More options coming for TSP investors

One of the complaints some Thrift Savings Plan investors have is what they consider a lack of investment options.

One of the complaints some Thrift Savings Plan investors have is what they consider a lack of investment options. Some of them want more funds, while others want higher risk/higher reward funds.

Some want to put money into socially-correct funds. Many would like the TSP to have an open window period when they could put some of the retirement nest egg money into outside sources.

Currently there are five funds which cover the U.S. stock market: C and S funds, and the I Fund which will be changed and broadened some time next year, plus the F-fund (bonds) and the very special G-fund guaranteed by the U.S. Treasury.

There are also a range of target-date funds which provide an age-appropriate mix of the five funds that get more conservative as the target date — 2020, 2030, etc. — approaches.

A lot of changes are on the way. Many of them are designed to meet the requests of investors and make it more attractive for them to leave their money in the TSP when they retire, or leave government for other jobs.

Kim Weaver, director of External Affairs for the Federal Thrift Investment Board, was my guest Wednesday on the Your Turn radio show. While she covered many of the pending changes, some questions we received were not answered on the show. Here is a three part-query from James M., at Wright-Patterson AFB, which is of general interest to many TSP investors:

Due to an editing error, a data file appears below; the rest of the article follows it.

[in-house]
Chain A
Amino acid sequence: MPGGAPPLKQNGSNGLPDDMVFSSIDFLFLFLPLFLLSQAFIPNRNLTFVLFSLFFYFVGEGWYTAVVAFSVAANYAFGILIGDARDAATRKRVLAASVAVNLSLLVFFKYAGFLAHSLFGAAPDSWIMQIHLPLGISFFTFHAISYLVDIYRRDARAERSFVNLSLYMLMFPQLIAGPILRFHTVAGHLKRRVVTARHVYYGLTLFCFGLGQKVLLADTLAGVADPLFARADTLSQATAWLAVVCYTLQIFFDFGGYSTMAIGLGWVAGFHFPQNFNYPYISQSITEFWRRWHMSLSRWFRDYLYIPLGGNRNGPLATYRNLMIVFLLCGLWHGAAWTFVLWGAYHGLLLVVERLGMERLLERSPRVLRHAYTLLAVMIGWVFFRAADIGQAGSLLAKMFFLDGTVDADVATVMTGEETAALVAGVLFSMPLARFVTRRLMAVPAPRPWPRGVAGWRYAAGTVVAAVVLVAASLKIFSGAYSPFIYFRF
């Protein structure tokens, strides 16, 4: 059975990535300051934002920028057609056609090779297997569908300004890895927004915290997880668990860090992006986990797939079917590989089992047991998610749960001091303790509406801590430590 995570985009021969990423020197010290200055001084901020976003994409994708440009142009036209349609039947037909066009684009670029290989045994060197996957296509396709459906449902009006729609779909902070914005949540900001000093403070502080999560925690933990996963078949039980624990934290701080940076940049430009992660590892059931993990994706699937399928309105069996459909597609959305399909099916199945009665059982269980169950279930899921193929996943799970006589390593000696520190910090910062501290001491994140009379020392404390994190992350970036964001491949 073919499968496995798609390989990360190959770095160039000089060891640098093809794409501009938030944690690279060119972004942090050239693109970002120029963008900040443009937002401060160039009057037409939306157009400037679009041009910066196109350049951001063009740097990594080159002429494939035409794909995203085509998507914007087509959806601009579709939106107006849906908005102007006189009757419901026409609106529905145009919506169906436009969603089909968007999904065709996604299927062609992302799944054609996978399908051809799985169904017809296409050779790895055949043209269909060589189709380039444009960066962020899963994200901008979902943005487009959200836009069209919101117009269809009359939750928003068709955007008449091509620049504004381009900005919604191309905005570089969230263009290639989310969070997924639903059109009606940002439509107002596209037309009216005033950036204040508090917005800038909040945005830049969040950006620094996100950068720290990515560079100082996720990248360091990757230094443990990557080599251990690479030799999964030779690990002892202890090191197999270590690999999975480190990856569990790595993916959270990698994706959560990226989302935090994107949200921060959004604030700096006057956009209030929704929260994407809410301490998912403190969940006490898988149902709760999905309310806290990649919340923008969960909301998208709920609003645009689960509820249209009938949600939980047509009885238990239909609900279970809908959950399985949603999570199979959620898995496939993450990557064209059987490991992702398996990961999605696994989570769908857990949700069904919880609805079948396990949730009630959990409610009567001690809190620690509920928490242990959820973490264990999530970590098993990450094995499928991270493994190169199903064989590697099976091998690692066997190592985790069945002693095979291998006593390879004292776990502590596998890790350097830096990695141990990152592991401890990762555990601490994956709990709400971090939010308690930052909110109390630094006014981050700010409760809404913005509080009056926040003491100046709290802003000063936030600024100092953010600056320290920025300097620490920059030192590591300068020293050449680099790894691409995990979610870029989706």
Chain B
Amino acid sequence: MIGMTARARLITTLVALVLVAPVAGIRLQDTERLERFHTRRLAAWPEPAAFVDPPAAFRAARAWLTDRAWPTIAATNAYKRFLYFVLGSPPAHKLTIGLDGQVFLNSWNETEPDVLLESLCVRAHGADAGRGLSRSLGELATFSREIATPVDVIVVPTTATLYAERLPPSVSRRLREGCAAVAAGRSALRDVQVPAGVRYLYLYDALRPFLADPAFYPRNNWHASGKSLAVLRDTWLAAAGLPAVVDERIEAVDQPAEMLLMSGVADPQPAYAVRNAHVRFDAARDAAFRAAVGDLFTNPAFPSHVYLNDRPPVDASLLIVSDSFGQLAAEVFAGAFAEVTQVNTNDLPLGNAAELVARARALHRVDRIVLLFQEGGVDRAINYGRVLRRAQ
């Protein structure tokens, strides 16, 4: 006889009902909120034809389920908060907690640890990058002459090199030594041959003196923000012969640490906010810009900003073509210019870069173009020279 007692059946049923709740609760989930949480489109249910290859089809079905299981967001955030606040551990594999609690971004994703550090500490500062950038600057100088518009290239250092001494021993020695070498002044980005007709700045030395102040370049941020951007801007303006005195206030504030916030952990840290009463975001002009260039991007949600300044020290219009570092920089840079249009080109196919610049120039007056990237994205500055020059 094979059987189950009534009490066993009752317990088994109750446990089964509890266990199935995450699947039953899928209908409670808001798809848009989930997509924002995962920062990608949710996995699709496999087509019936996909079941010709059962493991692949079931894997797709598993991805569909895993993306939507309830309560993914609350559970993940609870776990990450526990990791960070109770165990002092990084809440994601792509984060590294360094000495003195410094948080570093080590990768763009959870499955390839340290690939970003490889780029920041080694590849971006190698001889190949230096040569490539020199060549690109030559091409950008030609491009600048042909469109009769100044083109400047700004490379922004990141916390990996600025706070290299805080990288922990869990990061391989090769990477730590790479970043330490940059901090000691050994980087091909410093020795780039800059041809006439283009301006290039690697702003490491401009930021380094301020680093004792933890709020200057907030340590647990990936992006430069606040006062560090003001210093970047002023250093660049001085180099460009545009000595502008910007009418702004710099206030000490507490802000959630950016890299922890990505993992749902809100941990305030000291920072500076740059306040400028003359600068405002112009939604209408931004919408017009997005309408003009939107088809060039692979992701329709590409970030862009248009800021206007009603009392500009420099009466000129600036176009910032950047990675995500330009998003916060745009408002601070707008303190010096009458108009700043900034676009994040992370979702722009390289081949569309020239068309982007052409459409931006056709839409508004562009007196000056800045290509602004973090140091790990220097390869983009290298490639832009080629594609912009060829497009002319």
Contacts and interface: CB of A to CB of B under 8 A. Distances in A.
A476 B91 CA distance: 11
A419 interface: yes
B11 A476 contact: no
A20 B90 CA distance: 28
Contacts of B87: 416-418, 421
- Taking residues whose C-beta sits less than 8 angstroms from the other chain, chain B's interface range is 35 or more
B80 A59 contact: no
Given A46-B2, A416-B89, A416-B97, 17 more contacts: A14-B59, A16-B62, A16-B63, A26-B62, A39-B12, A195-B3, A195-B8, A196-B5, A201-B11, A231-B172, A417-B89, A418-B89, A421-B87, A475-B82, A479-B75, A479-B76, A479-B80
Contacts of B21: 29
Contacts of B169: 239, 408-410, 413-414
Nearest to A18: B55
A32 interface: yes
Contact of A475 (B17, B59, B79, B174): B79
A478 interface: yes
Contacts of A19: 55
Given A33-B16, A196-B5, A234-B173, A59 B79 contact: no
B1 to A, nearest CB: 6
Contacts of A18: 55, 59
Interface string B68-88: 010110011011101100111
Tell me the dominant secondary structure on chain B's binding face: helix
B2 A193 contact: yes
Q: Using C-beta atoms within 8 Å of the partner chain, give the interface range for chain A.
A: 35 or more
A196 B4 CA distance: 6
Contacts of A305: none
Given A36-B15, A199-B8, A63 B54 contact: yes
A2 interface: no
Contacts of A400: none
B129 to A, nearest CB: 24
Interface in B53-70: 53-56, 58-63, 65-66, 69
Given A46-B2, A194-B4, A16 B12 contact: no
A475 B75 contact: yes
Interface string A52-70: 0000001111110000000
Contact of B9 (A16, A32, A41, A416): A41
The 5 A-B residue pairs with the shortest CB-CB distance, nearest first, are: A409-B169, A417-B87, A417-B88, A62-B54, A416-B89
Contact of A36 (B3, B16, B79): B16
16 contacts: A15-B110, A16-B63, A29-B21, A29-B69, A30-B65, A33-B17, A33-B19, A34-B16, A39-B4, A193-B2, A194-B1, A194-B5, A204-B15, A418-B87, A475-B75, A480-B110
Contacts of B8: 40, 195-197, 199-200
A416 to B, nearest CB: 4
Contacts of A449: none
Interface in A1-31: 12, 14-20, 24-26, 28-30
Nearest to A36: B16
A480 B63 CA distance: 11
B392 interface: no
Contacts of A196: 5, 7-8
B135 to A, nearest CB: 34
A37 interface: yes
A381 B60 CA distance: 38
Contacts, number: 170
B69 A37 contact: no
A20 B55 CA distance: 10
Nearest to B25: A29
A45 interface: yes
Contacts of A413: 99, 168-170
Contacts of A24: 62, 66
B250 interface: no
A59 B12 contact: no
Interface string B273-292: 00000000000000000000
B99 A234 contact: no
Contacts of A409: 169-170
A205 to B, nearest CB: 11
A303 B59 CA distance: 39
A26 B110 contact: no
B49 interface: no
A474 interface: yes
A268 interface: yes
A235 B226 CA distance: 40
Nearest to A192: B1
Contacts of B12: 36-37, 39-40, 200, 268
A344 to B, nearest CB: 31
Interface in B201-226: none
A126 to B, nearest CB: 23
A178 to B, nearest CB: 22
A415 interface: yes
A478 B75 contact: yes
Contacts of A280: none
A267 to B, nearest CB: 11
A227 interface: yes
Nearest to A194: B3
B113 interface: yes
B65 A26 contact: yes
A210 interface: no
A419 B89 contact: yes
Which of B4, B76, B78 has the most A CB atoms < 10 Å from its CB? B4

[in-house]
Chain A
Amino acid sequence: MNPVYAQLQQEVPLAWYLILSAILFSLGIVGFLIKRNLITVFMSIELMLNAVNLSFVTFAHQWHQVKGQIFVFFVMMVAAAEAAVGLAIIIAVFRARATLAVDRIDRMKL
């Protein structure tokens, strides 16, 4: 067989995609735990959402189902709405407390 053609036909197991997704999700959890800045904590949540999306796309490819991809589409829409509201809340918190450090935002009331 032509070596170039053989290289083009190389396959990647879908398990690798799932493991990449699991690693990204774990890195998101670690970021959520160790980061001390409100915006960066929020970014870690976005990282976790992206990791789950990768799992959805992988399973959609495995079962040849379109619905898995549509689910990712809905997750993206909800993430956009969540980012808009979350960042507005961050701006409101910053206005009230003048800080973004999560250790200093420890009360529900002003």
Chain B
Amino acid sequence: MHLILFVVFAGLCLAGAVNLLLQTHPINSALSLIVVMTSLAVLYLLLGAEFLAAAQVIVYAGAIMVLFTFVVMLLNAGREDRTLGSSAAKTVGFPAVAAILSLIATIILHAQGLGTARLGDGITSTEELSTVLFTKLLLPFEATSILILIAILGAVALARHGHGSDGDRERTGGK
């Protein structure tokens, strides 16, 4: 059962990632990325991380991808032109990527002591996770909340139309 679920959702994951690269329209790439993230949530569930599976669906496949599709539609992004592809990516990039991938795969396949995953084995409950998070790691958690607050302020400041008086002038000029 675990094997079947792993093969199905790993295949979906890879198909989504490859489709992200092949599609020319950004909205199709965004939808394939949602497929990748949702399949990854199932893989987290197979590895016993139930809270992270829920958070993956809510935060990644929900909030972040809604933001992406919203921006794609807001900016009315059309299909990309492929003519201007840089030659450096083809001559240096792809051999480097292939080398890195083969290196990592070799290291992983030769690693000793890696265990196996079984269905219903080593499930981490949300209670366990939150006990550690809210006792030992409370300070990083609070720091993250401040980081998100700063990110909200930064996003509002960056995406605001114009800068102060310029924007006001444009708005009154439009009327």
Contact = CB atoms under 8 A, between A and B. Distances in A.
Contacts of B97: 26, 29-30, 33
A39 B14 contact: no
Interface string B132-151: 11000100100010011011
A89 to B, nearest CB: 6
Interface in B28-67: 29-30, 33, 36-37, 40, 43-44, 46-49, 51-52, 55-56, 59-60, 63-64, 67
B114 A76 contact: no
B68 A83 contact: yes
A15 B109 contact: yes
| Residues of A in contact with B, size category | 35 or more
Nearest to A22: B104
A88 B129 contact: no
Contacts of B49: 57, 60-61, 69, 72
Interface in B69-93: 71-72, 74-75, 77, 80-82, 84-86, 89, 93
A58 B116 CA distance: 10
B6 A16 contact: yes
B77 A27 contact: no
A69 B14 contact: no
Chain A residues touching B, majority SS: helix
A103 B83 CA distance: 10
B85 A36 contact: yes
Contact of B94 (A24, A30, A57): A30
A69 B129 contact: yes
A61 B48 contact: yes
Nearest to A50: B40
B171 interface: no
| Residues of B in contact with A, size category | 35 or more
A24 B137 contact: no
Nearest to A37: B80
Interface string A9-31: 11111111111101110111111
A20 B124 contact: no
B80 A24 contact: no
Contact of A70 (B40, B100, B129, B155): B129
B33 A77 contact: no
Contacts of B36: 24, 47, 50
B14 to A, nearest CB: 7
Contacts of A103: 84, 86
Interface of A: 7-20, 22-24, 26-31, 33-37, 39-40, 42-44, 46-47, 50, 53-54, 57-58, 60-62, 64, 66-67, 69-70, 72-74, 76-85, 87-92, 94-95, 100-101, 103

1. Q: Is there any plan for TSP to open a window for purchasing exchange trade stocks, mutual funds, or individual stocks?
    A: Yes, the Board does plan to include a mutual fund window. However, that will not occur before 2020 and the Board cannot provided a more definite schedule.
  2. Q: Is it possible to see a contract or prospectus for a TSP MetLife joint life annuity with a spouse before purchasing it?
    A: No, the TSP cannot show you a contract or prospectus for a joint life annuity. The TSP provides information in the withdrawal booklet about annuities which serves the same purposes as a prospectus. You also can go to the TSP calculator to estimate your benefit amount.
  3. Q: Is all of the money withdrawn from one’s TSP used to purchase the annuity or is part of it used for a commission payment to an insurance salesperson?
    A: All of the funds sent to MetLife are used to purchase an annuity; there is no commission to a salesperson. MetLife won the bid to serve as the TSP’s vendor and MetLife’s profit is built in to the bid/contract.

Nearly Useless Factoid

By Amelia Brust

Crayola crayons’ distinctive smell — ranked 18th in a list of the 20 most identifiable  smells in a 1982 Yale University study — is largely due to the stearic acid used to make the waxy consistency. Stearic acid is a derivative of beef fat.

Source: Mental Floss

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